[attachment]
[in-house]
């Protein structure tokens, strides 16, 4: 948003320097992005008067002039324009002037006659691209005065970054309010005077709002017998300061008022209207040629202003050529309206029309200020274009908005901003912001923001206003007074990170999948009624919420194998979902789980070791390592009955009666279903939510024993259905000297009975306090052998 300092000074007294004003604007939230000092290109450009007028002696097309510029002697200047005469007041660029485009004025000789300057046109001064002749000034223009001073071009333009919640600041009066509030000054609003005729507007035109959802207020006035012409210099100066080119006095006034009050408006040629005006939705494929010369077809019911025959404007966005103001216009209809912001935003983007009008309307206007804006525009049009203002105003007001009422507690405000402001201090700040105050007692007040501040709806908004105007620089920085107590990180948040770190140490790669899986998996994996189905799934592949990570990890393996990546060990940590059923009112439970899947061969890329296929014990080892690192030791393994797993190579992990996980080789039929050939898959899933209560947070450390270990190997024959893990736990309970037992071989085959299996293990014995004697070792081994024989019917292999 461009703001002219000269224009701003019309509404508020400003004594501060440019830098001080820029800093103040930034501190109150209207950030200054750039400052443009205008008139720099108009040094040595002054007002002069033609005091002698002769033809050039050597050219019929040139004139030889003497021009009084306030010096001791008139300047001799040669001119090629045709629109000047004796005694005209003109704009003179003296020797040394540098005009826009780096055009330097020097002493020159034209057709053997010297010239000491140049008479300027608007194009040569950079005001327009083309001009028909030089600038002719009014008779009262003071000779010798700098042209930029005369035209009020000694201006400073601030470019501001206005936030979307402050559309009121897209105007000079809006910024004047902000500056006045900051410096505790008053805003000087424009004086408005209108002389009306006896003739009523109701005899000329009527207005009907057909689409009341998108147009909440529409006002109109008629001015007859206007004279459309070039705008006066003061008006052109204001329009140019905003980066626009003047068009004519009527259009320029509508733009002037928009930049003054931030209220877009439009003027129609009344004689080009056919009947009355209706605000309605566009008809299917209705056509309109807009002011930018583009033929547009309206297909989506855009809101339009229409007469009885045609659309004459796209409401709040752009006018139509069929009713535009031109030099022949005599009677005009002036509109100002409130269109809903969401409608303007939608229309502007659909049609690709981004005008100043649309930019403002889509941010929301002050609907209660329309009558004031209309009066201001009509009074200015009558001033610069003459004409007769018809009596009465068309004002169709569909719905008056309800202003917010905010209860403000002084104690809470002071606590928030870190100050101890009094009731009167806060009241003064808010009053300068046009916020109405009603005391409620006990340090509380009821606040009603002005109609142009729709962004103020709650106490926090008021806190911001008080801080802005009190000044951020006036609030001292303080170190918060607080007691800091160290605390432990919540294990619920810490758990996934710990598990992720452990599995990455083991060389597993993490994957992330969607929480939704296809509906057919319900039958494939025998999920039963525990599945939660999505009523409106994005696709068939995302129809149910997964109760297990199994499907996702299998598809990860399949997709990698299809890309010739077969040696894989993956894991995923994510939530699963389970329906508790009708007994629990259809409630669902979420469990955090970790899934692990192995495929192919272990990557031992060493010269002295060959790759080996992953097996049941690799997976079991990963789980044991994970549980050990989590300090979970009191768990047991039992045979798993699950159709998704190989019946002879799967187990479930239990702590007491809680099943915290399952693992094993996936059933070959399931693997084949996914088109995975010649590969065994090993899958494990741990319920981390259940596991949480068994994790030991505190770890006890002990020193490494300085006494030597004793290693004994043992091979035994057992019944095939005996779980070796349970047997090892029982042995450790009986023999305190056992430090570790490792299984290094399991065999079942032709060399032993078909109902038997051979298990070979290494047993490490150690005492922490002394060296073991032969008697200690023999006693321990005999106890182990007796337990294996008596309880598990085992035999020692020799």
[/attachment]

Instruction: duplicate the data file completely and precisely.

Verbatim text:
[in-house]
């Protein structure tokens, strides 16, 4: 948003320097992005008067002039324009002037006659691209005065970054309010005077709002017998300061008022209207040629202003050529309206029309200020274009908005901003912001923001206003007074990170999948009624919420194998979902789980070791390592009955009666279903939510024993259905000297009975306090052998 300092000074007294004003604007939230000092290109450009007028002696097309510029002697200047005469007041660029485009004025000789300057046109001064002749000034223009001073071009333009919640600041009066509030000054609003005729507007035109959802207020006035012409210099100066080119006095006034009050408006040629005006939705494929010369077809019911025959404007966005103001216009209809912001935003983007009008309307206007804006525009049009203002105003007001009422507690405000402001201090700040105050007692007040501040709806908004105007620089920085107590990180948040770190140490790669899986998996994996189905799934592949990570990890393996990546060990940590059923009112439970899947061969890329296929014990080892690192030791393994797993190579992990996980080789039929050939898959899933209560947070450390270990190997024959893990736990309970037992071989085959299996293990014995004697070792081994024989019917292999 461009703001002219000269224009701003019309509404508020400003004594501060440019830098001080820029800093103040930034501190109150209207950030200054750039400052443009205008008139720099108009040094040595002054007002002069033609005091002698002769033809050039050597050219019929040139004139030889003497021009009084306030010096001791008139300047001799040669001119090629045709629109000047004796005694005209003109704009003179003296020797040394540098005009826009780096055009330097020097002493020159034209057709053997010297010239000491140049008479300027608007194009040569950079005001327009083309001009028909030089600038002719009014008779009262003071000779010798700098042209930029005369035209009020000694201006400073601030470019501001206005936030979307402050559309009121897209105007000079809006910024004047902000500056006045900051410096505790008053805003000087424009004086408005209108002389009306006896003739009523109701005899000329009527207005009907057909689409009341998108147009909440529409006002109109008629001015007859206007004279459309070039705008006066003061008006052109204001329009140019905003980066626009003047068009004519009527259009320029509508733009002037928009930049003054931030209220877009439009003027129609009344004689080009056919009947009355209706605000309605566009008809299917209705056509309109807009002011930018583009033929547009309206297909989506855009809101339009229409007469009885045609659309004459796209409401709040752009006018139509069929009713535009031109030099022949005599009677005009002036509109100002409130269109809903969401409608303007939608229309502007659909049609690709981004005008100043649309930019403002889509941010929301002050609907209660329309009558004031209309009066201001009509009074200015009558001033610069003459004409007769018809009596009465068309004002169709569909719905008056309800202003917010905010209860403000002084104690809470002071606590928030870190100050101890009094009731009167806060009241003064808010009053300068046009916020109405009603005391409620006990340090509380009821606040009603002005109609142009729709962004103020709650106490926090008021806190911001008080801080802005009190000044951020006036609030001292303080170190918060607080007691800091160290605390432990919540294990619920810490758990996934710990598990992720452990599995990455083991060389597993993490994957992330969607929480939704296809509906057919319900039958494939025998999920039963525990599945939660999505009523409106994005696709068939995302129809149910997964109760297990199994499907996702299998598809990860399949997709990698299809890309010739077969040696894989993956894991995923994510939530699963389970329906508790009708007994629990259809409630669902979420469990955090970790899934692990192995495929192919272990990557031992060493010269002295060959790759080996992953097996049941690799997976079991990963789980044991994970549980050990989590300090979970009191768990047991039992045979798993699950159709998704190989019946002879799967187990479930239990702590007491809680099943915290399952693992094993996936059933070959399931693997084949996914088109995975010649590969065994090993899958494990741990319920981390259940596991949480068994994790030991505190770890006890002990020193490494300085006494030597004793290693004994043992091979035994057992019944095939005996779980070796349970047997090892029982042995450790009986023999305190056992430090570790490792299984290094399991065999079942032709060399032993078909109902038997051979298990070979290494047993490490150690005492922490002394060296073991032969008697200690023999006693321990005999106890182990007796337990294996008596309880598990085992035999020692020799």